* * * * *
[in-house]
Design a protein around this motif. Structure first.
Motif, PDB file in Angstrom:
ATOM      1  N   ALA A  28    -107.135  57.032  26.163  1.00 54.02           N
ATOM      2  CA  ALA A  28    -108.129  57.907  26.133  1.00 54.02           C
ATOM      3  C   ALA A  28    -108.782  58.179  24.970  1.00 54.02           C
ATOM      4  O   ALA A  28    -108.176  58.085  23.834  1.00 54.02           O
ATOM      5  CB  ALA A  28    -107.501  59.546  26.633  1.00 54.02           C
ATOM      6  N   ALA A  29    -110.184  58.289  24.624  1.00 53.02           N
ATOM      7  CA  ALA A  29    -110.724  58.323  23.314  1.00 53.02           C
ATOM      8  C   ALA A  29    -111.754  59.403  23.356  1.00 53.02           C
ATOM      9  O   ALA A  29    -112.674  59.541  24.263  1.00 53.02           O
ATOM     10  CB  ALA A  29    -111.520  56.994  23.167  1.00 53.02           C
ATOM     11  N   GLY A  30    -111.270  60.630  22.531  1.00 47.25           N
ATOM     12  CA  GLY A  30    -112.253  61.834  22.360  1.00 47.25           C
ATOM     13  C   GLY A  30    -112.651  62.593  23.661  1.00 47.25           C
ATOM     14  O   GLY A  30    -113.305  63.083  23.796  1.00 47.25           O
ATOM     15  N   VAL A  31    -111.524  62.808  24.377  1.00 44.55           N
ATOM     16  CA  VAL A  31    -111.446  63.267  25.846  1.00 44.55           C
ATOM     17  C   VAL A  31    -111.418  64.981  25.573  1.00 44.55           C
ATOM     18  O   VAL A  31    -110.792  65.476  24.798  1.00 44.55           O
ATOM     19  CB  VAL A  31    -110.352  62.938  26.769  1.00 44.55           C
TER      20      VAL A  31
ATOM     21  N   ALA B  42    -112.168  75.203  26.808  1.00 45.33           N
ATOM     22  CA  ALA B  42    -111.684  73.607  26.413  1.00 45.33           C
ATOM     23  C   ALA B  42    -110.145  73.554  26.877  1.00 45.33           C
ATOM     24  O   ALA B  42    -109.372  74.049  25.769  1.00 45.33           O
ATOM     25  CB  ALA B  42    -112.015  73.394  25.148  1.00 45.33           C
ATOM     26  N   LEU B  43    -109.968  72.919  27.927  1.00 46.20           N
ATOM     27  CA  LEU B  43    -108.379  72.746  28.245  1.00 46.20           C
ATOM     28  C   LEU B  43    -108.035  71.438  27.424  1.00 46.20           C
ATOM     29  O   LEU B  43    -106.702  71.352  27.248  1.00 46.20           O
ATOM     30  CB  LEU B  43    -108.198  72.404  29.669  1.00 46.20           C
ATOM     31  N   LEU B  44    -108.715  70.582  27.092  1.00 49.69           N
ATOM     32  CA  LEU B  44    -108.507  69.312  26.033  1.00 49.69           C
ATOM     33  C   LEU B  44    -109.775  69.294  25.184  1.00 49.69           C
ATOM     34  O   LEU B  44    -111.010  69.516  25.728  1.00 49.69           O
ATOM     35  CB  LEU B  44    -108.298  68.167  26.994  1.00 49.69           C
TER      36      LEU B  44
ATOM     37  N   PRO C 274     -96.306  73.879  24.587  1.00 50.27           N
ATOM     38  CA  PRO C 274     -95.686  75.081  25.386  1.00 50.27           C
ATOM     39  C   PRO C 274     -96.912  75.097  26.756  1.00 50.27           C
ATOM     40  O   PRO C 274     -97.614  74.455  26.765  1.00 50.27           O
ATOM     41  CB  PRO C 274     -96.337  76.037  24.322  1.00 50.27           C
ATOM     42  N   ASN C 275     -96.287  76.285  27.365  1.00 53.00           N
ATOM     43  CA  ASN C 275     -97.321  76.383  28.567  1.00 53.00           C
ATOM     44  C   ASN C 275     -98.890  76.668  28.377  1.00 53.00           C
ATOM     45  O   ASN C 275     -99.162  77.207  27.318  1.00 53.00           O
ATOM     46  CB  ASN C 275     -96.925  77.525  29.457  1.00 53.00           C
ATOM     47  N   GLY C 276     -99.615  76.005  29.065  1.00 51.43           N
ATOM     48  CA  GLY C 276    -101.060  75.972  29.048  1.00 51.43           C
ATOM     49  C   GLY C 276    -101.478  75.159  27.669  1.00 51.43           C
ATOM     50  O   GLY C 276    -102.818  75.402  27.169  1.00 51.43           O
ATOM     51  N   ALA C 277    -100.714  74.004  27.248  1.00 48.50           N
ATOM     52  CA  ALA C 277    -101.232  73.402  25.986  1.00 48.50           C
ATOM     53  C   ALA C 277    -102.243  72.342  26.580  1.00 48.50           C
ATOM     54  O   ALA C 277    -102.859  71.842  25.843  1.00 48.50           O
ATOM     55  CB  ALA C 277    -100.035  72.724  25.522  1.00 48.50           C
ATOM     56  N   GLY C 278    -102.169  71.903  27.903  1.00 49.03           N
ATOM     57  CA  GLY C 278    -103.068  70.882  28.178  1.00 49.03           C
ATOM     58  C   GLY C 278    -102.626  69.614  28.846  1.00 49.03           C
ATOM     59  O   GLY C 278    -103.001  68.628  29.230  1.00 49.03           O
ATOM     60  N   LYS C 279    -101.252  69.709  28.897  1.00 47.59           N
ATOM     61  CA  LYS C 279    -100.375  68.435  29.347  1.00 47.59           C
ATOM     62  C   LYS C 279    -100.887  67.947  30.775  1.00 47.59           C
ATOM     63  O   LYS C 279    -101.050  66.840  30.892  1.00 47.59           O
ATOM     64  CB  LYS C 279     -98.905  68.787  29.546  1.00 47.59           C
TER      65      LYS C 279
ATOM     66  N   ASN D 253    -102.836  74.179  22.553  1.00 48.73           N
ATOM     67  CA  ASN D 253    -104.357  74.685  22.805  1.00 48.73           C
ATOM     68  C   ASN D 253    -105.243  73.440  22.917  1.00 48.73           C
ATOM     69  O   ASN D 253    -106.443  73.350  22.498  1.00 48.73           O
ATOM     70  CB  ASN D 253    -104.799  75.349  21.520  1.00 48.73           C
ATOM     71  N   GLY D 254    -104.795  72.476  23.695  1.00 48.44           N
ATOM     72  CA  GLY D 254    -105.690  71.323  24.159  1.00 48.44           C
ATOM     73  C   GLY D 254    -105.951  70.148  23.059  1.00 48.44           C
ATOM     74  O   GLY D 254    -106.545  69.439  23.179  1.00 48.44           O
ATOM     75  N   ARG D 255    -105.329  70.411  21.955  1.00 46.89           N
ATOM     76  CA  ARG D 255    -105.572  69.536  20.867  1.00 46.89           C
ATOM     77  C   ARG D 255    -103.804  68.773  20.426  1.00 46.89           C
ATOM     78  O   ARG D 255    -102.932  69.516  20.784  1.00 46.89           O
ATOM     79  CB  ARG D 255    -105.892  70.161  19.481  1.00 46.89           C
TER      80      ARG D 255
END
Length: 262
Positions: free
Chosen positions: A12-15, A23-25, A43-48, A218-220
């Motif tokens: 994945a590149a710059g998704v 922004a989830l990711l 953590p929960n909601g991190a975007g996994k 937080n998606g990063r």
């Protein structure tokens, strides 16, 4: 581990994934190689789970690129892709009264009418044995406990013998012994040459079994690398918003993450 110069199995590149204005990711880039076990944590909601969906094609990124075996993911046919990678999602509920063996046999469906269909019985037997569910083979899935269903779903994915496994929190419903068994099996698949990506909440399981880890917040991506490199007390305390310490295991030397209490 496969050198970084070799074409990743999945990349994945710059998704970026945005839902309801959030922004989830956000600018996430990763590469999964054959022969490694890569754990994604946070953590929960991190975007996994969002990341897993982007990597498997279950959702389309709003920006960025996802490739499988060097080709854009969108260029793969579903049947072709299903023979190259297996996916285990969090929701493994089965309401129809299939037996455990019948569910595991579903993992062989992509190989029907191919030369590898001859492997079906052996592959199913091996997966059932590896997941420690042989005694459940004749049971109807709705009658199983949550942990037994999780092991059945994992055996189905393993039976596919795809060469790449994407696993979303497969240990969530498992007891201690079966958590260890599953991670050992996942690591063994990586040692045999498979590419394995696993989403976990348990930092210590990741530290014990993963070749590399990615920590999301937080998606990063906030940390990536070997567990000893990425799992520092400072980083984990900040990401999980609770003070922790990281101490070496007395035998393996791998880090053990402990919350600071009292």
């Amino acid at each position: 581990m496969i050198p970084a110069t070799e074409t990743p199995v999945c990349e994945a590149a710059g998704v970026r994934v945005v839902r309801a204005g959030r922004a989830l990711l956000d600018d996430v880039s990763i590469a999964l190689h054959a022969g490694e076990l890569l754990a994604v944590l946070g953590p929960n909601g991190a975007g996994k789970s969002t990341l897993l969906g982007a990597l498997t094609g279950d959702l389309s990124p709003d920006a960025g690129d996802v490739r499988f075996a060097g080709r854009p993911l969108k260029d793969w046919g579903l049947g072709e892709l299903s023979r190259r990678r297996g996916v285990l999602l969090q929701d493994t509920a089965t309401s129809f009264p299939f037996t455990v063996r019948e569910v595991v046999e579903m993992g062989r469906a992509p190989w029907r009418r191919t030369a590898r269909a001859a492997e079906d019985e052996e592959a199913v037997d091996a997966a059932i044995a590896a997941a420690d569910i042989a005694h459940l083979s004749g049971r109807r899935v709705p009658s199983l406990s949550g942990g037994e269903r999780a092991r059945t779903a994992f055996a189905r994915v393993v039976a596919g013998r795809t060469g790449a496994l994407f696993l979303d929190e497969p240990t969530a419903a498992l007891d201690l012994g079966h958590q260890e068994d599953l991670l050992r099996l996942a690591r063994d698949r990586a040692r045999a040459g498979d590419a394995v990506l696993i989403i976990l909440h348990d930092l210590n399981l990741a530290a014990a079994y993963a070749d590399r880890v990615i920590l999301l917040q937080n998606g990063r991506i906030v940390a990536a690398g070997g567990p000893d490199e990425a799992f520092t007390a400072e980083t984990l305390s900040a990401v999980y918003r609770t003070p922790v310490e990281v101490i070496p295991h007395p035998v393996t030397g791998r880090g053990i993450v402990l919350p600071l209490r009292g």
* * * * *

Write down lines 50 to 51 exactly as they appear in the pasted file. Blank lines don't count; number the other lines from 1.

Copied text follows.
ATOM     47  N   GLY C 276     -99.615  76.005  29.065  1.00 51.43           N
ATOM     48  CA  GLY C 276    -101.060  75.972  29.048  1.00 51.43           C